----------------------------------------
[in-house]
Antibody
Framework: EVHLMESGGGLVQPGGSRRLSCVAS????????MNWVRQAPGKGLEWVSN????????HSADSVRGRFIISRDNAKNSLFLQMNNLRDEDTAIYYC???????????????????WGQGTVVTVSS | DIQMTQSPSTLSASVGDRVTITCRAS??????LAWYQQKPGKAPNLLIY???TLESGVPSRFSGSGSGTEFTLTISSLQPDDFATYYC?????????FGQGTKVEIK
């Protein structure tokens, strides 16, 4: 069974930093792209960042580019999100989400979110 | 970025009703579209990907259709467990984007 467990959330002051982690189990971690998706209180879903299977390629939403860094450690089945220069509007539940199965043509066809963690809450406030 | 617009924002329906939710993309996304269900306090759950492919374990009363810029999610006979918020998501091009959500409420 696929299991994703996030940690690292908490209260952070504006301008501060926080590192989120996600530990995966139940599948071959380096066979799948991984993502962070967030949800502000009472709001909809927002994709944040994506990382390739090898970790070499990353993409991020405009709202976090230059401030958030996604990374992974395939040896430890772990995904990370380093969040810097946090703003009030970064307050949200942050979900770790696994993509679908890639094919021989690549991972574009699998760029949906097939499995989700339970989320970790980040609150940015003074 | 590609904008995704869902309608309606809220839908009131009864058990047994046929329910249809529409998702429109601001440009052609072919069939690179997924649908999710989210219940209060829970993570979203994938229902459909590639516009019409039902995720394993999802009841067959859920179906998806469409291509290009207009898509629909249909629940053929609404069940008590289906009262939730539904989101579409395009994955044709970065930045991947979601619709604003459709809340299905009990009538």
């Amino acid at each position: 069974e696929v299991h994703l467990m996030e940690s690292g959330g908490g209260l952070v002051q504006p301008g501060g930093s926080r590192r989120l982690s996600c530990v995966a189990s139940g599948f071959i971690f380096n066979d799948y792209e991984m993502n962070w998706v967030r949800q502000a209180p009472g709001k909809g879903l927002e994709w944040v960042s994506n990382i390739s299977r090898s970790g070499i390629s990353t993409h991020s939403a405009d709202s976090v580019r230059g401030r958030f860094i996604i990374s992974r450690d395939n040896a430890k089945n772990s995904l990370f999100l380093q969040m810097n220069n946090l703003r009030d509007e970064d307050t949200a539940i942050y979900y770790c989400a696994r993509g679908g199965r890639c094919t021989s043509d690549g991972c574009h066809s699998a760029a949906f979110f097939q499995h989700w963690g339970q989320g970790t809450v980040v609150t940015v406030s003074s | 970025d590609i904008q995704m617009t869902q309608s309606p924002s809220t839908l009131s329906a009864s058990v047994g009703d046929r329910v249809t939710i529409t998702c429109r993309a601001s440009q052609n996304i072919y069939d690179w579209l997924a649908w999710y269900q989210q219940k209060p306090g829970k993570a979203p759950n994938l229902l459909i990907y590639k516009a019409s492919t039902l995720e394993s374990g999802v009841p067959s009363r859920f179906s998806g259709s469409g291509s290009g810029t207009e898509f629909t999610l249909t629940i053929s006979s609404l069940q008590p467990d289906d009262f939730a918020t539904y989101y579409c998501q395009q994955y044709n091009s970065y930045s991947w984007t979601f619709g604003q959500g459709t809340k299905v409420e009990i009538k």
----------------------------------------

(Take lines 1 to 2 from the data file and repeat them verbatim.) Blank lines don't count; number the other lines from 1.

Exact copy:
[in-house]
Antibody